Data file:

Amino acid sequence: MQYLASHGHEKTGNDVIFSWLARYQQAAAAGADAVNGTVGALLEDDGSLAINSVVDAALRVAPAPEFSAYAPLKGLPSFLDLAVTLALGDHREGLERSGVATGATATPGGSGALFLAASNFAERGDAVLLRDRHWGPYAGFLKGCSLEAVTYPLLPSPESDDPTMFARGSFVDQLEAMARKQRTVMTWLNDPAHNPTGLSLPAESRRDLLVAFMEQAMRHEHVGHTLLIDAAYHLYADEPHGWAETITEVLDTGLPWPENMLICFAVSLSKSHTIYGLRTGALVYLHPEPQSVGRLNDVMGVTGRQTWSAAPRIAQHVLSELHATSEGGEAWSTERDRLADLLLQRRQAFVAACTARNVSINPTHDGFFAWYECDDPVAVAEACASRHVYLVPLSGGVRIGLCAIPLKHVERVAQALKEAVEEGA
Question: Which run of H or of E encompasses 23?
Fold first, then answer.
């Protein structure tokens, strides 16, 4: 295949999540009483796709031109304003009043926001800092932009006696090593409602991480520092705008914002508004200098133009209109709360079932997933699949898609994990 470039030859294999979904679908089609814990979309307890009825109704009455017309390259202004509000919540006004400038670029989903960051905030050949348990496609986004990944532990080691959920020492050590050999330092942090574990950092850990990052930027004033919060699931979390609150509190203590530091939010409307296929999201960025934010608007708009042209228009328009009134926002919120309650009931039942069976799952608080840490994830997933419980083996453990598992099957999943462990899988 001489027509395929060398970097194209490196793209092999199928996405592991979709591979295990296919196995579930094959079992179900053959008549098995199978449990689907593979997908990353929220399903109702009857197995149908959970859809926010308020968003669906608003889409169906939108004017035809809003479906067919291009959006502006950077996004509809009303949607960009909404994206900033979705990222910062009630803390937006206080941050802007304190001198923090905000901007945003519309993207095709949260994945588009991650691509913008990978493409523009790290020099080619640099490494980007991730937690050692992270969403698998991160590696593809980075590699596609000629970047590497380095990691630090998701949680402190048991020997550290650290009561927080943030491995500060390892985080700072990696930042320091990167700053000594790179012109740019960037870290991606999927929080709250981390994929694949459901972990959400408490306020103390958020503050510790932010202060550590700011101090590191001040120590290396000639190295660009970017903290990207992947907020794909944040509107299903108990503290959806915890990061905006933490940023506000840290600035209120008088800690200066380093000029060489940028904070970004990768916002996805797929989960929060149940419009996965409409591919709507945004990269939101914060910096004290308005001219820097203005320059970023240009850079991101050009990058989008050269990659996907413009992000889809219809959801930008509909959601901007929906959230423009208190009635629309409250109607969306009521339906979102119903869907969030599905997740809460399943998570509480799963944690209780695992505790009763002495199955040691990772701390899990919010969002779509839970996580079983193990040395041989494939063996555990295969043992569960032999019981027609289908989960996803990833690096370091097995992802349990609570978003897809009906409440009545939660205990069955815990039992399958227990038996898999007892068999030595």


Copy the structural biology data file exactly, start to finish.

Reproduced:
Amino acid sequence: MQYLASHGHEKTGNDVIFSWLARYQQAAAAGADAVNGTVGALLEDDGSLAINSVVDAALRVAPAPEFSAYAPLKGLPSFLDLAVTLALGDHREGLERSGVATGATATPGGSGALFLAASNFAERGDAVLLRDRHWGPYAGFLKGCSLEAVTYPLLPSPESDDPTMFARGSFVDQLEAMARKQRTVMTWLNDPAHNPTGLSLPAESRRDLLVAFMEQAMRHEHVGHTLLIDAAYHLYADEPHGWAETITEVLDTGLPWPENMLICFAVSLSKSHTIYGLRTGALVYLHPEPQSVGRLNDVMGVTGRQTWSAAPRIAQHVLSELHATSEGGEAWSTERDRLADLLLQRRQAFVAACTARNVSINPTHDGFFAWYECDDPVAVAEACASRHVYLVPLSGGVRIGLCAIPLKHVERVAQALKEAVEEGA
Question: Which run of H or of E encompasses 23?
Fold first, then answer.
């Protein structure tokens, strides 16, 4: 295949999540009483796709031109304003009043926001800092932009006696090593409602991480520092705008914002508004200098133009209109709360079932997933699949898609994990 470039030859294999979904679908089609814990979309307890009825109704009455017309390259202004509000919540006004400038670029989903960051905030050949348990496609986004990944532990080691959920020492050590050999330092942090574990950092850990990052930027004033919060699931979390609150509190203590530091939010409307296929999201960025934010608007708009042209228009328009009134926002919120309650009931039942069976799952608080840490994830997933419980083996453990598992099957999943462990899988 001489027509395929060398970097194209490196793209092999199928996405592991979709591979295990296919196995579930094959079992179900053959008549098995199978449990689907593979997908990353929220399903109702009857197995149908959970859809926010308020968003669906608003889409169906939108004017035809809003479906067919291009959006502006950077996004509809009303949607960009909404994206900033979705990222910062009630803390937006206080941050802007304190001198923090905000901007945003519309993207095709949260994945588009991650691509913008990978493409523009790290020099080619640099490494980007991730937690050692992270969403698998991160590696593809980075590699596609000629970047590497380095990691630090998701949680402190048991020997550290650290009561927080943030491995500060390892985080700072990696930042320091990167700053000594790179012109740019960037870290991606999927929080709250981390994929694949459901972990959400408490306020103390958020503050510790932010202060550590700011101090590191001040120590290396000639190295660009970017903290990207992947907020794909944040509107299903108990503290959806915890990061905006933490940023506000840290600035209120008088800690200066380093000029060489940028904070970004990768916002996805797929989960929060149940419009996965409409591919709507945004990269939101914060910096004290308005001219820097203005320059970023240009850079991101050009990058989008050269990659996907413009992000889809219809959801930008509909959601901007929906959230423009208190009635629309409250109607969306009521339906979102119903869907969030599905997740809460399943998570509480799963944690209780695992505790009763002495199955040691990772701390899990919010969002779509839970996580079983193990040395041989494939063996555990295969043992569960032999019981027609289908989960996803990833690096370091097995992802349990609570978003897809009906409440009545939660205990069955815990039992399958227990038996898999007892068999030595």